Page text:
Seniors remember struggles and hard work after graduation ceremony

Gratitude and bittersweet emotions arise as Class of 2022 graduates after the COVID-19 pandemic, online school.


Maison Flory

Addressing the crowd, Jake Shew stresses the importance of adaption through hardship. “You not only survived a historical catastrophe that changed the world as we know it, but you adapted to it and thrived in that world,” they said.

By Jack Ritter and Maya Smith

Despite a two-day weather delay and potential storms later that night, Lawrence High seniors graduated atop the football field on. Friday, May 27.

This year’s ceremony was filled with feelings of gratitude, new beginnings and bittersweet feelings about leaving LHS, and many students felt an impression left on them by the commencement.  

The ceremony began with speeches by superintendent Anthony Lewis, principal Jessica Bassett and school board president Erica Hill, and student speakers Jake Shew and Gianna Cooper followed, who both auditioned before and were selected by a panel of faculty members. 

Shew’s speech highlighted the importance of adaptation and strength through hardship. 

“Getting to address the class for the first time made me feel like I needed to be as vulnerable and real as possible,” Shew said. “I think me and Gianna complimented each other very well in the content of our speech. I saw my classmates full of pure and raw emotion, and because I knew to some extent what it took for each one of them to get there, it was a really special feeling.”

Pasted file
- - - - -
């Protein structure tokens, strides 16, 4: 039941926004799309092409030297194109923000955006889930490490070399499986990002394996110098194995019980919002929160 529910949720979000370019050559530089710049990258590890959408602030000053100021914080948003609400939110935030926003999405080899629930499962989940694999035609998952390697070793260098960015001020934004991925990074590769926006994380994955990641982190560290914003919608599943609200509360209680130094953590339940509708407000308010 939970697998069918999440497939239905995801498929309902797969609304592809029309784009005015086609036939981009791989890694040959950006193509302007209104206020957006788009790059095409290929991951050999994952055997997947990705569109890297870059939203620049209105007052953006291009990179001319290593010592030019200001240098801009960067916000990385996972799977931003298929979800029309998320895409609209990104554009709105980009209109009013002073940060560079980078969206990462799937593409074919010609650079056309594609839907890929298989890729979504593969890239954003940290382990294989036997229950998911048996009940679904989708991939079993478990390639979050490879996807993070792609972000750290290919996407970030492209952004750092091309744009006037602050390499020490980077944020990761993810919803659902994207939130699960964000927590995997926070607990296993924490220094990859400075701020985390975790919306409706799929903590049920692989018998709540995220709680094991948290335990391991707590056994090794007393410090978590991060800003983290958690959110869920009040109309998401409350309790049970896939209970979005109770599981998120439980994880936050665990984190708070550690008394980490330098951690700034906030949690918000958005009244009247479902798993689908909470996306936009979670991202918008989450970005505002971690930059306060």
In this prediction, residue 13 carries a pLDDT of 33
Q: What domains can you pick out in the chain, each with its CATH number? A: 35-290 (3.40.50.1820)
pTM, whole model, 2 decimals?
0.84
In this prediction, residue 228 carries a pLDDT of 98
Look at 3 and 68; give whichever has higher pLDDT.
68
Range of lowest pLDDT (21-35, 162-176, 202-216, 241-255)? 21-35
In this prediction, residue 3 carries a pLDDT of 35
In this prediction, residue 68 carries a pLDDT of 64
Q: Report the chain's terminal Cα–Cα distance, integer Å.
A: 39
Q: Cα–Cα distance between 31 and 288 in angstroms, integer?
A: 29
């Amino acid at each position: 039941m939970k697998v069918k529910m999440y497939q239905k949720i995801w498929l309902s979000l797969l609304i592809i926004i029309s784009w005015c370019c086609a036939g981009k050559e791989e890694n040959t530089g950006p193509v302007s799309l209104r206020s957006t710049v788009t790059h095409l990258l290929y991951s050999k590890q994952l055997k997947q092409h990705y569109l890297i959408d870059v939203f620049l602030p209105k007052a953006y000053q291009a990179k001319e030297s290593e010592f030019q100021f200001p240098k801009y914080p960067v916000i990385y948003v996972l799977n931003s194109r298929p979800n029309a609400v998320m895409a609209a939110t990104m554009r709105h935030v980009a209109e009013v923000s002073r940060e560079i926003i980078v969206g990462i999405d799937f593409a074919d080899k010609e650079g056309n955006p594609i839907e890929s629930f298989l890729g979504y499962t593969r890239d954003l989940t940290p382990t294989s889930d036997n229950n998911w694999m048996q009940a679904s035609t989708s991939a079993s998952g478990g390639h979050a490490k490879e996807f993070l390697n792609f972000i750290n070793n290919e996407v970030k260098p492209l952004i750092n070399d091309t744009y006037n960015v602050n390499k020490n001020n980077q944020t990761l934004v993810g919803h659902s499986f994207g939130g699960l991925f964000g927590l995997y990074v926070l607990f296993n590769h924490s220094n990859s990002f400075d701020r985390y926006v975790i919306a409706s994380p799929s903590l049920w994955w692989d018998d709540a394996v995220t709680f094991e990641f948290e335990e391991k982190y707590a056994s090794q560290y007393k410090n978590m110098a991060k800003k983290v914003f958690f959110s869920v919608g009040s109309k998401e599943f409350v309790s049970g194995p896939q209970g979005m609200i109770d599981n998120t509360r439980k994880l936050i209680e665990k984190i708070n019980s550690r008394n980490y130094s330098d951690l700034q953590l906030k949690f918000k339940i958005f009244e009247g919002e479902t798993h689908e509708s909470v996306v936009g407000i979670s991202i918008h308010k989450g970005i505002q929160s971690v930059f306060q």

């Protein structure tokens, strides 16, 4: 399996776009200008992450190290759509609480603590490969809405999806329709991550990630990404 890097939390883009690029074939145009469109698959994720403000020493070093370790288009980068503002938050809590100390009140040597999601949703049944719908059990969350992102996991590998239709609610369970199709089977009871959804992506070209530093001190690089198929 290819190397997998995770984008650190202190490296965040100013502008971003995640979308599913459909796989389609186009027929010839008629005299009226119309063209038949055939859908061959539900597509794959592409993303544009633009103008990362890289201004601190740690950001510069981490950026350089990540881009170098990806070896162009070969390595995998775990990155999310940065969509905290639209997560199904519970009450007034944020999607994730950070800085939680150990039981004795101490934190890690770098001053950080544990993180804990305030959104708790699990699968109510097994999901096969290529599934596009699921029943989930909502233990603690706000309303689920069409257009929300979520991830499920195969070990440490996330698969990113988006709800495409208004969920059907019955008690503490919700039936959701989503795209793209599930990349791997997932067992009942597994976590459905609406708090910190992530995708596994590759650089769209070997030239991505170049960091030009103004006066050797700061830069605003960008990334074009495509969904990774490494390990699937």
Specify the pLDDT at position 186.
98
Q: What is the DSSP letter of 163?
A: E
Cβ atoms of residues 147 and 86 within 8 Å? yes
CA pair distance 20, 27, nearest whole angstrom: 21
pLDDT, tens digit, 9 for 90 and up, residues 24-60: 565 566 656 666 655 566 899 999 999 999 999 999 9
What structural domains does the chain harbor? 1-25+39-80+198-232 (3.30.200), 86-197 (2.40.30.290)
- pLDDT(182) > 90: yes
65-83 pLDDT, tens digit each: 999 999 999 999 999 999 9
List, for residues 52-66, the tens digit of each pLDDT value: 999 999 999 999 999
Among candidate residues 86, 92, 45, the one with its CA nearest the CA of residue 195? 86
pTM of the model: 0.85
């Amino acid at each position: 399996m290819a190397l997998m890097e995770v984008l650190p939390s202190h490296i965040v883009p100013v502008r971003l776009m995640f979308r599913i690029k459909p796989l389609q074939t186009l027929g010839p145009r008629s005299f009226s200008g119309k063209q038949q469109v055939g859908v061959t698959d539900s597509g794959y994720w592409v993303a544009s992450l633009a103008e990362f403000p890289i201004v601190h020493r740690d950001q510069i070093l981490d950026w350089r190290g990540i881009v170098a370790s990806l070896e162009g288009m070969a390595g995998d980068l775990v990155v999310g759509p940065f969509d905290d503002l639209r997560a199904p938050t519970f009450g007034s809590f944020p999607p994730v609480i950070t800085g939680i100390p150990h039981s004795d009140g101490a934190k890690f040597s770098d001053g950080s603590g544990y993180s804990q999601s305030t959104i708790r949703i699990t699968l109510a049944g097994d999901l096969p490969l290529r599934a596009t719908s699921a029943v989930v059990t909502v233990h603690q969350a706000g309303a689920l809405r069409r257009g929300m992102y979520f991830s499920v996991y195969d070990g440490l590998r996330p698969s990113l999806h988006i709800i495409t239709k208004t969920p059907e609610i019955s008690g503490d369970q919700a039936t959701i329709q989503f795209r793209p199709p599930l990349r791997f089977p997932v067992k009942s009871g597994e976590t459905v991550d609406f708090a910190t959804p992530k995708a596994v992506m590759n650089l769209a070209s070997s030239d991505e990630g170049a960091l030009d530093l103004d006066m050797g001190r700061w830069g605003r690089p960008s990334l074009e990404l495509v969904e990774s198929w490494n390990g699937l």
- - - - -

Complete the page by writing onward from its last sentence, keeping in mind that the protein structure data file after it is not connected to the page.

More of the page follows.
Cooper’s speech compared high school to a novel and referred to the four years of high school as chapters. 

“It was truly a really cool experience that I was nervous but also excited about,” Cooper said. “Hearing how proud the staff was of us really meant a lot. I know myself and others have struggled the past few years with COVID-19 and all the changes we experienced as a class.”

Members of Chorale were among the first students to receive their diplomas, as they were seated at the front of the field to sing the national anthem and the alma mater to kick off the ceremony. One of those singers was Lindsey Rutledge.

“It felt really crazy to be the first people to graduate. I thought the process would take longer,” Rutledge said. “It was very rewarding to be in the first group. It’s really surreal, it hasn’t hit me yet that it is all over.”

While the evening was filled with emotion, many seniors are looking forward to their futures after graduation.

“I’m kind of just excited I have my whole life ahead of me now,” Gretchen Bannworth said. “I don’t have to be here like eight hours a day five days a week.”

Other students reflect on the bittersweet feelings of leaving LHS forever. 

“We have all worked so hard and dedicated ourselves to bettering this school,” Student Body Co-President Sam Lopez said. “I feel kind of complete now, knowing that my time at LHS is finally over, and I get to start the process over at a new school.”